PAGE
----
Rachel Bloom plays Rebecca Bunch, a well-educated, high-powered New York lawyer with clear mental health issues (our first real look at her is stark and pained). On the same day she's offered a big promotion, she runs into Josh Chan, with whom she had a summer camp romance as a teenager (making her an ex-girlfriend), and then...quits her job and follows him to his hometown of West Covina, California (making her crazy). If you think about it, though, this kind of wild, spontaneous act is the core of so many romantic comedies, but here it's portrayed as A Very Bad Idea That Everyone But the Protagonist Realizes Is a Bad Idea, and that's what makes this show tick.
Once in West Covina, Rebecca makes it her mission to win back Josh, even though he's been dating the same woman for years. Aiding her in this mission is her co-worker Paula, who is the enablingest enabler who ever enabled. Studying her is her neighbor Heather, whose dry, Daria-esque demeanor cannot be penetrated by Rebecca's boisterous delusions. Employing her is her boss Darryl, who wants to be everyone's best friend. But hold up, there's a wrinkle in the form of Josh's friend Greg, who instantly falls for Rebecca himself. Shenanigans will ensue. Oh will they ever.
On the surface, Crazy Ex-Girlfriend looks like a typical romantic comedy, but as it cleverly leans into all your favorite (or least favorite) tropes, it's slyly planning to subvert them hard. This show systematically deconstructs everything popular culture has told us about love and relationships, implicitly criticizing them simply by playing them straight and explicitly criticizing them in both dialogue and song. It's an aggressive assault on the expected narrative, and it doesn't stop at rom-com tropes. It addresses various "taboo" topics like periods, UTIs, abortions, and such (so by taboo I mean female) candidly, as if...as if they are just parts of everyday life for women and we shouldn't constantly avoid talking about them. Despite the focus on a heterosexual romance, the show has prominent, non-tragic queer characters and eventually leans in hard on the side of female friendships. Where most shows would zig, it refreshingly zags. Plus the love interest is Filipino-American, there are a couple women of color, and all of these various characters get focus. They have their own stories, they are their own beautiful, rich, complex people. (They are also kind of awful people much of the time, but the show recognizes their awfulness and both has enough heart to sympathize with them despite their bad choices and allows them to grow.)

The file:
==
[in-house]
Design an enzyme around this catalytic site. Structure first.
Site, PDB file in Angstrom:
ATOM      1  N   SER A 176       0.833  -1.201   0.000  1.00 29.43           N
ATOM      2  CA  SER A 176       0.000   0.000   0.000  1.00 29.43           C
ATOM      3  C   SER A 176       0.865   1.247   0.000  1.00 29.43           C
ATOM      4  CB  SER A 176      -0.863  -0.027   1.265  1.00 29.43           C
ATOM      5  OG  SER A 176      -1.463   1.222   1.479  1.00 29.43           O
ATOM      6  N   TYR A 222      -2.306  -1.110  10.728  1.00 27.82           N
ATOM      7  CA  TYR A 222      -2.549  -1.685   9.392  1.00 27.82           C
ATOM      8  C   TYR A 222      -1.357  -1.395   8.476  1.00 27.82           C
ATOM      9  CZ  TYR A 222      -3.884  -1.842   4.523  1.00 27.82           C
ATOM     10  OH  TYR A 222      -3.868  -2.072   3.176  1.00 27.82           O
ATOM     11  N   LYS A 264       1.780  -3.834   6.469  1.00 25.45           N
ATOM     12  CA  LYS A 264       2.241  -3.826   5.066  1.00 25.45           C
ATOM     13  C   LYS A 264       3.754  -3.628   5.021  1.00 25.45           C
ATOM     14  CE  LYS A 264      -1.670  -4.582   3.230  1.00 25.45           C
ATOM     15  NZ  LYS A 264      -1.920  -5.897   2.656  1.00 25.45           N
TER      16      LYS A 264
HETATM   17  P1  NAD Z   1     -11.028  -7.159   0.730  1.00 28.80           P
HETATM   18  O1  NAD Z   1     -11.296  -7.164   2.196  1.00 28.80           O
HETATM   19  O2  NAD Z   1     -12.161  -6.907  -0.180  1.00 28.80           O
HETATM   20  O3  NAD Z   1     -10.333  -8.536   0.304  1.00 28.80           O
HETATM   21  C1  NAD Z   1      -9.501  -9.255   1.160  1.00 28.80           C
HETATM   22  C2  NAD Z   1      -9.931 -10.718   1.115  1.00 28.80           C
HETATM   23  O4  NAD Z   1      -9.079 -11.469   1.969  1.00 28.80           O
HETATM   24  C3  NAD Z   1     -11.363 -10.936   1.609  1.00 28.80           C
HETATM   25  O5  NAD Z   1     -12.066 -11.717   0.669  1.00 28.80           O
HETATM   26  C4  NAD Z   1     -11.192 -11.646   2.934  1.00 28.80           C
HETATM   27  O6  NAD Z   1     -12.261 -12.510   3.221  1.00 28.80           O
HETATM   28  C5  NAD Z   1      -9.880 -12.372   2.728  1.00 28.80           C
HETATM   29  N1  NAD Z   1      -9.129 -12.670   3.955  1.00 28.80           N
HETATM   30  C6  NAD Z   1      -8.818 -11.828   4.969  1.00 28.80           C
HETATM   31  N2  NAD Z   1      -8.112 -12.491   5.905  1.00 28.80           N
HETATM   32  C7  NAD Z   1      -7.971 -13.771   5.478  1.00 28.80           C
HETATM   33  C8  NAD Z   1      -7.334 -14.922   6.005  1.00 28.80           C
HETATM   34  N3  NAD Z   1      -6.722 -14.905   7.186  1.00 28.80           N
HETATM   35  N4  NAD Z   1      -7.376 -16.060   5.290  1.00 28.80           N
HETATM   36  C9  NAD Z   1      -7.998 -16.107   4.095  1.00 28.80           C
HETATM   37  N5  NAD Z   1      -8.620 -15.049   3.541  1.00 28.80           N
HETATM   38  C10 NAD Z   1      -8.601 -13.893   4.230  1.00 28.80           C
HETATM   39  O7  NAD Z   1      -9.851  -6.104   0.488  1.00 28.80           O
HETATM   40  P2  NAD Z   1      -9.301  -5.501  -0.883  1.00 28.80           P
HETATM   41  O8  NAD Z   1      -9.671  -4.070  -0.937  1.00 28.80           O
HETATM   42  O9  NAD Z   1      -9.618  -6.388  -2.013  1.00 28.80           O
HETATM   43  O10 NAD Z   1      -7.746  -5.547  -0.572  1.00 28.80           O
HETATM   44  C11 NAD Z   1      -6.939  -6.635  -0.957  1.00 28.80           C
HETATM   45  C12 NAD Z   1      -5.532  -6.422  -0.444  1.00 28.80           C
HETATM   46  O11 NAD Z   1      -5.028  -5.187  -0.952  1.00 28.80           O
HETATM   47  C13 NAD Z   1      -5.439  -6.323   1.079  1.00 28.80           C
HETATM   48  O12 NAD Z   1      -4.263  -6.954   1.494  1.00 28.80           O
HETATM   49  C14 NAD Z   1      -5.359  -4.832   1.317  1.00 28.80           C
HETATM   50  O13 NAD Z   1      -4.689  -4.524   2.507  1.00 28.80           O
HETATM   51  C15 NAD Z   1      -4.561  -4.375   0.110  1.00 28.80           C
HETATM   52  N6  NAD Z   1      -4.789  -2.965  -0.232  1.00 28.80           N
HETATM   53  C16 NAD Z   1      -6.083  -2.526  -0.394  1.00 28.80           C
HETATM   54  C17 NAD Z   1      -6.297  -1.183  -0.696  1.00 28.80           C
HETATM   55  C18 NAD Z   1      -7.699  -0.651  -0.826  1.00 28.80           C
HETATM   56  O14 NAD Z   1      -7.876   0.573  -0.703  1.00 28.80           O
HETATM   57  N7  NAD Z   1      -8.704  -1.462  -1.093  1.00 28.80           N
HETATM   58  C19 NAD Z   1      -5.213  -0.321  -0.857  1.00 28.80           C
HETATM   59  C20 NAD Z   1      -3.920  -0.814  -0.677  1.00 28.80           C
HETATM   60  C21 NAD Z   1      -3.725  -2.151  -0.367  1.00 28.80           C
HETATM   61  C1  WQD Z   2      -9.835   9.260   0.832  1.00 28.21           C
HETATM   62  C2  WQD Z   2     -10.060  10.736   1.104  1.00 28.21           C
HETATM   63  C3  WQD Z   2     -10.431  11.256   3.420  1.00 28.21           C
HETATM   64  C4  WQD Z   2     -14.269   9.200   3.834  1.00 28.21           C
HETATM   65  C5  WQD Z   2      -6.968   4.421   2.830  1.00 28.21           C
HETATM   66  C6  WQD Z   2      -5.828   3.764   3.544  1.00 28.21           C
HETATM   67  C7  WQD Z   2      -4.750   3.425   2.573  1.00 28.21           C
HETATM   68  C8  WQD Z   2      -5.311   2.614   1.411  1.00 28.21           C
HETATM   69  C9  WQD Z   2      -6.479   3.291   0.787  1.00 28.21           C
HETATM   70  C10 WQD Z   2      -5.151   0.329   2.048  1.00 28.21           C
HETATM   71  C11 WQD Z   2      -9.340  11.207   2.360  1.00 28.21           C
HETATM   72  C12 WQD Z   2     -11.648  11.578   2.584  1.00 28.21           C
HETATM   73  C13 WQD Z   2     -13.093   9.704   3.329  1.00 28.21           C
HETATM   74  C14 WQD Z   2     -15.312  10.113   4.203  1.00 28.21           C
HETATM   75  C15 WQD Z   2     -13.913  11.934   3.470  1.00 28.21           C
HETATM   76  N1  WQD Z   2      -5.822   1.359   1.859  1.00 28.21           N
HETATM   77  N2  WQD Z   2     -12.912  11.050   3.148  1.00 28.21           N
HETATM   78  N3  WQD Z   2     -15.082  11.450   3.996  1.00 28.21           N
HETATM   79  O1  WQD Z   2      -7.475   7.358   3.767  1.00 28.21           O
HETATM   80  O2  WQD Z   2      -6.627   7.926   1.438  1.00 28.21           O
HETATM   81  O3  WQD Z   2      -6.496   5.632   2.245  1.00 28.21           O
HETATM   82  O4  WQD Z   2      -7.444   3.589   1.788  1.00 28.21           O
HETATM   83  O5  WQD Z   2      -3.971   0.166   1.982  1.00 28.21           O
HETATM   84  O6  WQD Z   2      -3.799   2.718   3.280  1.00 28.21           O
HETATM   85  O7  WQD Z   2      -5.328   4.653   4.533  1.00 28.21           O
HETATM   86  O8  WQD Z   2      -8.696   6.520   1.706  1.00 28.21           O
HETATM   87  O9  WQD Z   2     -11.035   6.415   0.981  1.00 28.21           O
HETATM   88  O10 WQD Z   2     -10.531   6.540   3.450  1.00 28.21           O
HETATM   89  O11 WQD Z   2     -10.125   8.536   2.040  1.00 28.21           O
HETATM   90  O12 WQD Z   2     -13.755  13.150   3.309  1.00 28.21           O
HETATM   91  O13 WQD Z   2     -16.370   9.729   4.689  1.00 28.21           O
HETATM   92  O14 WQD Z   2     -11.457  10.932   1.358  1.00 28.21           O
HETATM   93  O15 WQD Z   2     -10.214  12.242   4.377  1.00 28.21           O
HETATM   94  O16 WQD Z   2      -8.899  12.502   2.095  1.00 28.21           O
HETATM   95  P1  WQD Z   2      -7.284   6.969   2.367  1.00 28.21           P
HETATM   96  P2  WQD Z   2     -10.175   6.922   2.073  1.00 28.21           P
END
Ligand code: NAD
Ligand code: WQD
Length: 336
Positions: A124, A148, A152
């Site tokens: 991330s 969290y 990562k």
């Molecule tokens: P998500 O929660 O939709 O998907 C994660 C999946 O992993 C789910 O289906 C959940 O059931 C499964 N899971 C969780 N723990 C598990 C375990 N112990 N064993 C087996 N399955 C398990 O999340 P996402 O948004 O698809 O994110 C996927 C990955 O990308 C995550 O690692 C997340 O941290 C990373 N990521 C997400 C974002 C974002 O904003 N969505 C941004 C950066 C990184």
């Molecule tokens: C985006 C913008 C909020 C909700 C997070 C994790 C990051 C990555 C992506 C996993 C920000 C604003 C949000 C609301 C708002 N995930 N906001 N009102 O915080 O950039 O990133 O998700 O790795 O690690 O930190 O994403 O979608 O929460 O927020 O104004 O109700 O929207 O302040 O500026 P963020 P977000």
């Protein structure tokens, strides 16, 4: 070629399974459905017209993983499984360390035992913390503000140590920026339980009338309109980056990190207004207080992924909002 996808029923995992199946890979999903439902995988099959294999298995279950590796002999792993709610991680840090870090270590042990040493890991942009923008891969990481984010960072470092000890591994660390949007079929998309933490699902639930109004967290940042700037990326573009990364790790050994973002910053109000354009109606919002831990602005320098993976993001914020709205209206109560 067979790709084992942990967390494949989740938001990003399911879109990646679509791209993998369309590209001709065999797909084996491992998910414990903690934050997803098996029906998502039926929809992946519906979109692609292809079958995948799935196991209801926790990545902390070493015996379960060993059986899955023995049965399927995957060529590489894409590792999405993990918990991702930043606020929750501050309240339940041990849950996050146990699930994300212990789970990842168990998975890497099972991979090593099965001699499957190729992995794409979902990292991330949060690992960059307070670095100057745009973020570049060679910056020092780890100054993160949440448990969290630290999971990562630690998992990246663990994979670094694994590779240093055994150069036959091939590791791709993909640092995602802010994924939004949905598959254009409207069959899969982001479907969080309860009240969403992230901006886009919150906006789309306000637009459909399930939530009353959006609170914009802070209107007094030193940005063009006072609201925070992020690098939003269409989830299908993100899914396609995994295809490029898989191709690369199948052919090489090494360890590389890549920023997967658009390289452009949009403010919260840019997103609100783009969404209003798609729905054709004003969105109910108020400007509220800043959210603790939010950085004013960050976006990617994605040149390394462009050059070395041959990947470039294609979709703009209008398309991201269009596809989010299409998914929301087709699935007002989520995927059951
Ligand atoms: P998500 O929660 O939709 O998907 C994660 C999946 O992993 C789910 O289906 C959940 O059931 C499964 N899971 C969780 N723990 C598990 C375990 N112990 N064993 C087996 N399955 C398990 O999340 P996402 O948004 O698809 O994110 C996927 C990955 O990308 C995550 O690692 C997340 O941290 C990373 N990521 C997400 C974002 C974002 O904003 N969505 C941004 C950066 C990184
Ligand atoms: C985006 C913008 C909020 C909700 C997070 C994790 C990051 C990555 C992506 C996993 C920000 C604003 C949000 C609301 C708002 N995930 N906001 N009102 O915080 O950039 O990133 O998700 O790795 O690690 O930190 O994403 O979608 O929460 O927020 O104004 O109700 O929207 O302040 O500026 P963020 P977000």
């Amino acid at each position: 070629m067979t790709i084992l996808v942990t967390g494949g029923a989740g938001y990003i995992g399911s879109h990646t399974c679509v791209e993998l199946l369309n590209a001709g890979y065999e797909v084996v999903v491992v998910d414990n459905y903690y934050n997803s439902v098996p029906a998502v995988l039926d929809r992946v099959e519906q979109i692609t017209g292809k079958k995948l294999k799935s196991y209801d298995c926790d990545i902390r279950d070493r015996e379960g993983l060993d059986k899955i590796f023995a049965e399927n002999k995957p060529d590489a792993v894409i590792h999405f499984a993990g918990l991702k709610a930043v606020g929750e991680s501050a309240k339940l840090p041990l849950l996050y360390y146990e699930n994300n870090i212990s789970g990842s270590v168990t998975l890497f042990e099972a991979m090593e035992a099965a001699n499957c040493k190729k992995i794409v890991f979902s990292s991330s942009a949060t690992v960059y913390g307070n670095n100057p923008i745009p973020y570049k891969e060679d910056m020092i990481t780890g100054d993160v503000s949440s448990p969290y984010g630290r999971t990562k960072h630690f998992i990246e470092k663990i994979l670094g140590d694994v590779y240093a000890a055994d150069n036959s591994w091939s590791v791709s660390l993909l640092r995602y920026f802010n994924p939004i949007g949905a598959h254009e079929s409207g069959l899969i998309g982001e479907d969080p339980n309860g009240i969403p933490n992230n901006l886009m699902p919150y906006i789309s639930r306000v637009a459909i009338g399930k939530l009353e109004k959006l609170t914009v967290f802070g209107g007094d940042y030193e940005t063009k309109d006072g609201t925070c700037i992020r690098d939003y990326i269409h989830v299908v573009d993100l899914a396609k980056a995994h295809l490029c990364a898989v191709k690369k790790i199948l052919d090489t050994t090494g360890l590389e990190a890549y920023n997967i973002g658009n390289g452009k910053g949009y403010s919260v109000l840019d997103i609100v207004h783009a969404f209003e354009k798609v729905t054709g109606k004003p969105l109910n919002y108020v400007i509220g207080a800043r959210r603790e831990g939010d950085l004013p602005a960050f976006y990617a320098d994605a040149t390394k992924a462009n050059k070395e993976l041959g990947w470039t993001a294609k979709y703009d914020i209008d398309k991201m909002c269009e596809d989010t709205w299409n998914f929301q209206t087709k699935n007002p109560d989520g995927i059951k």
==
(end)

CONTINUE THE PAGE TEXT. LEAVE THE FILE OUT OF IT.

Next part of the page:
Oh, right, it's also a musical with amazing songs that span musical genres from country to hardcore punk, with a healthy dose of traditional musical theater in the middle. As in any good musical, the songs drive the narrative and illuminate character, and they're catchy as fuck. Each one functions as a cute parody of something you're familiar with while also being a great example of that thing, with hilarious lyrics about texting or ping pong.
I could write so much more about why Crazy Ex-Girlfriend is incredible, but it's even better to experience it for yourself and let it continue to surprise you with its dedication to callbacks and skillful episodic plotting, not to mention some of the best tags since Community. It's smart as hell and also fun, whose realistic darkness never drowns out its whimsical silliness. It's not every day I encounter a show that constantly makes me think "How is this a real show, how was this allowed to happen?" Also the cast is uniformly wonderful. The characters drink a lot of boba tea. There's some great metahumor. One of the writers is a Patel and named a character Sunil. Okay I'll stop now.